• Get outside. Spending time outside each day, regardless of weather, helps manage stress, reduce anxiety and being in nature is scientifically proven to boost your immune system.
  • Stick to a routine. Getting up, eating meals, exercising, and going to bed at the same time each day can help improve sleep and provide some comforting normalcy while at home.
  • Take multiple breaks. Walk outside or to another area of the house where you can get a change of scenery, get some movement, and take a few deep, calming breaths.
  • Eat nutritious food. Resist the urge to “stress eat” and instead choose healthful foods that will help boost your immunity and improve well-being.
  • Exercise. Physical activity reduces stress and increases expression of feel-good neurotransmitters while also boosting immunity. Exercise doesn’t have to mean an intense workout—it can be “bite-sized” amounts of movement throughout the day.
  • Listen to music. Music can soothe, inspire, improve mood, and help you focus.


  • Try meditating. Meditation improves mental clarity, emotional tranquility, and physical relaxation. With practice, meditation can teach us to be joyful in any situation. Find a time each day to spend a few minutes to meditate. Doing this at the beginning of the day can set you up for a calmer day. There are many free apps for meditation that can help you get started.
  • Start journaling. Getting your feelings down on paper can allow you to set stressful thoughts aside.
  • Let yourself grieve the loss of your normal routine. Being out of your social or professional network, even if temporary, can raise feelings of sadness.
  • Practice acceptance. When frustrations arise over things you cannot change, trying telling yourself “it just is” as you adjust to the new reality.
  • Practice gratitude. Focusing on the positive elements of your life can improve mood and, if shared, may have a ripple effect in increased positivity on those around you.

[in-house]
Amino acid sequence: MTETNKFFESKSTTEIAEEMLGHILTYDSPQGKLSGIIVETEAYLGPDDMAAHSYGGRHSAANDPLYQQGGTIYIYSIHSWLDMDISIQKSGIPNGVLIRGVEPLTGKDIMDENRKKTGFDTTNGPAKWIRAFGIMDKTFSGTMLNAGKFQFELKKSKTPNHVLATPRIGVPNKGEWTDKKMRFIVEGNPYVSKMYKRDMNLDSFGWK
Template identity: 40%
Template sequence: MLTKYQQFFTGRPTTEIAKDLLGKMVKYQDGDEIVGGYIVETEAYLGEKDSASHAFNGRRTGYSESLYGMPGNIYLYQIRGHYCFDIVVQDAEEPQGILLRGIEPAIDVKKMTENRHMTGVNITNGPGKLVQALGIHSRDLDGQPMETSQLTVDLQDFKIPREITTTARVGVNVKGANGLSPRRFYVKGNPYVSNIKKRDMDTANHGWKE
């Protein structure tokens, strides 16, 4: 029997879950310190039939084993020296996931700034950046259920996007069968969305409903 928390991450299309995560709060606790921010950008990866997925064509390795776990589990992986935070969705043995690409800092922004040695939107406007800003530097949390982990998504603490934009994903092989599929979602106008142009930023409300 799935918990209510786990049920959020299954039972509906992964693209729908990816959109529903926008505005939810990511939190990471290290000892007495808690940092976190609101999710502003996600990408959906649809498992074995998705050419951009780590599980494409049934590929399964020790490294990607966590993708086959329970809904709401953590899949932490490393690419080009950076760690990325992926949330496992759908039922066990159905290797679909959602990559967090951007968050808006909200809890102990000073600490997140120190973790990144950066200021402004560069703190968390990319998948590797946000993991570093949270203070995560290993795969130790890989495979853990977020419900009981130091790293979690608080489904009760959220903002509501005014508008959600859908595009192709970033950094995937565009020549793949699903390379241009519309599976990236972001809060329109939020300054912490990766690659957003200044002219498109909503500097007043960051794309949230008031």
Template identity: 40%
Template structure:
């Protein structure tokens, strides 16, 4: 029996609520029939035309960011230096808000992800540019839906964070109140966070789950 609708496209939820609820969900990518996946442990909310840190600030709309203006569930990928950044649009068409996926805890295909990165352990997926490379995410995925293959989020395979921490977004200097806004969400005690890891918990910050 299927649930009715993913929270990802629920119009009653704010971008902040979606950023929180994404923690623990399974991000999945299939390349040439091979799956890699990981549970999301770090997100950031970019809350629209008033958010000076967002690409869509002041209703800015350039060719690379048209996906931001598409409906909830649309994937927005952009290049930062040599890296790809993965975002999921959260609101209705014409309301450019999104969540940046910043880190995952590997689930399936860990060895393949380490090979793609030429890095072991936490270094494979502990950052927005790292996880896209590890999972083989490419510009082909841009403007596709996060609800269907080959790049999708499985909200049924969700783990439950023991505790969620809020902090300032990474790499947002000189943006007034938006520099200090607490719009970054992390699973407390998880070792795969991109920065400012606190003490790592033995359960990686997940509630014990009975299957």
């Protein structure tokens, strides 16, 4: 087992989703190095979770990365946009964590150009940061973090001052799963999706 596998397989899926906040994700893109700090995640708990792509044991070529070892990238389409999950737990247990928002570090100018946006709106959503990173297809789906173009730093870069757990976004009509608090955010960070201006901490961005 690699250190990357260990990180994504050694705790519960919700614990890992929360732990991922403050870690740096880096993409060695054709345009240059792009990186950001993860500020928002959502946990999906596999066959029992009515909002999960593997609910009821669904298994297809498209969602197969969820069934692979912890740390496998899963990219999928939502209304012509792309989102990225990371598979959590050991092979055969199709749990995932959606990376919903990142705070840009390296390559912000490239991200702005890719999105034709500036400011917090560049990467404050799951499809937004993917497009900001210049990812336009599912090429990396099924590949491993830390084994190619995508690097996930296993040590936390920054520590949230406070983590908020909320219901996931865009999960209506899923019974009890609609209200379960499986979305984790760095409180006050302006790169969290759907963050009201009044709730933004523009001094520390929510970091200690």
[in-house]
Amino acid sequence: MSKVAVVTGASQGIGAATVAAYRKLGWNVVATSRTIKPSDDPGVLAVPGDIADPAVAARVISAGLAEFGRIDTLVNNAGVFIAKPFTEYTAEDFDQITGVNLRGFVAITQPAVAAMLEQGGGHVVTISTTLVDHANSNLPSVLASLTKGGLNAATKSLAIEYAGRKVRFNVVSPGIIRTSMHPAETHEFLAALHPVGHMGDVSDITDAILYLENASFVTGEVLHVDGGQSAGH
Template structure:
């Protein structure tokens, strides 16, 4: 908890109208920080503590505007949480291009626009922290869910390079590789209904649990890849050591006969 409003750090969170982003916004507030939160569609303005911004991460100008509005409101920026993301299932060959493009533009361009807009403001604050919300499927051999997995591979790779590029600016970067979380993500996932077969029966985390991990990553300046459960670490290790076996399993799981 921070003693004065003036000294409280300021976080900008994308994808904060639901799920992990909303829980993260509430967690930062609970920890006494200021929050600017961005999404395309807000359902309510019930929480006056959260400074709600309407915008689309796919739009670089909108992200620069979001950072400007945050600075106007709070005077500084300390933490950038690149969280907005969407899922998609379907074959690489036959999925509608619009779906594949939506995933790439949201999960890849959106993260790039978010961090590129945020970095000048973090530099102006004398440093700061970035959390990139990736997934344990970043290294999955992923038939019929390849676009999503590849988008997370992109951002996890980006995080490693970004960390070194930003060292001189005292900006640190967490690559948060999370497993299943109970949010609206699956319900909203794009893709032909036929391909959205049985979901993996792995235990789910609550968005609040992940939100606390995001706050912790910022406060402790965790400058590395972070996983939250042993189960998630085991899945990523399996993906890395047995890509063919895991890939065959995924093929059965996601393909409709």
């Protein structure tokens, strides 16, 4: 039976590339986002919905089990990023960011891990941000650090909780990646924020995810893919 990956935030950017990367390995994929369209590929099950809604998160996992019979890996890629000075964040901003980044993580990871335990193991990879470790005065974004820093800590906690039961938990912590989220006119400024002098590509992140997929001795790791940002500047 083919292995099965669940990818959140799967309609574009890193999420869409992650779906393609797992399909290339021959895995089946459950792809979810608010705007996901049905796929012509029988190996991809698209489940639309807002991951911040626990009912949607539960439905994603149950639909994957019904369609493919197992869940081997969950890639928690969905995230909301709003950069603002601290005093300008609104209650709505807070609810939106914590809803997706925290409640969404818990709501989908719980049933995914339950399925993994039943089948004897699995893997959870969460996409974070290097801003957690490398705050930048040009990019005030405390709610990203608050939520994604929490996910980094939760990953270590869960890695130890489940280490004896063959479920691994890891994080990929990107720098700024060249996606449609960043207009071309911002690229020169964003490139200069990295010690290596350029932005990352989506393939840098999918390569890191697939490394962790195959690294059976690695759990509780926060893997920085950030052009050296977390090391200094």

• Take the time to reflect on your life, your goals, and your relationships. It may be a good time to decide how you want your life to look after the lockdowns are over.
  • Adjust expectations. You do NOT have to learn a new language or write the next bestseller during this time. Allow yourself to be realistic and flexible, and realize you are doing the best you can right now.


  • Catch up on your reading. Reading for pleasure can be a good escape and take your mind off stress.
  • Start a garden, even if it’s just an herb garden. The combination of growing your own food and being in nature can be soothing and even improve cognitive function.
  • Strive for a harmonious home. Talk with immediate family members, especially children, to allow them to verbalize their feelings. Offering to listen to loved ones’ feelings can help relieve household stress.
  • Find opportunities to play—it’s not just for children. Play allows us to be engaged and feel a sense of mastery. Try board games, karaoke, a dance party, or let children make up a game for everyone to enjoy together.
  • Celebrate good habits. Whenever you are able to practice any of these positive habits, take a moment to recognize and honor yourself; revel in the positivity.
  • Taking the time to reduce stress while physically distancing is an important way to nurture your mental well-being and improve resilience. If you have been using the tips above and are still struggling, do not wait until the lockdowns are lifted before getting additional help. Many resources are available to help without leaving your home.

Helpful Resources:

If you or someone you know begins to exhibit depressive symptoms or has thoughts of suicide, please call the National Suicide Prevention Lifeline ( at 800-273-8255. Crisis counselors are available 24/7 to provide free and confidential support to those experiencing emotional distress or crisis.

National Alliance on Mental Illness (NAMI) Helpline at 800-950-6264 M-F, 10 am – 6 pm, ET Or in a crisis, text “NAMI” to 741741 for 24/7, confidential, free crisis counseling.

Many communities and organizations offer support and services such as crisis hotlines, food delivery, and relief funds. In the U.S. and Canada, call 211 or visit

Amen Clinics offers mental telehealth, remote clinical evaluations, and video therapy for adults, children, and couples. 888-568-6141

Meditation apps:


The Chopra Center apps


Ten Percent Happier

Insight Timer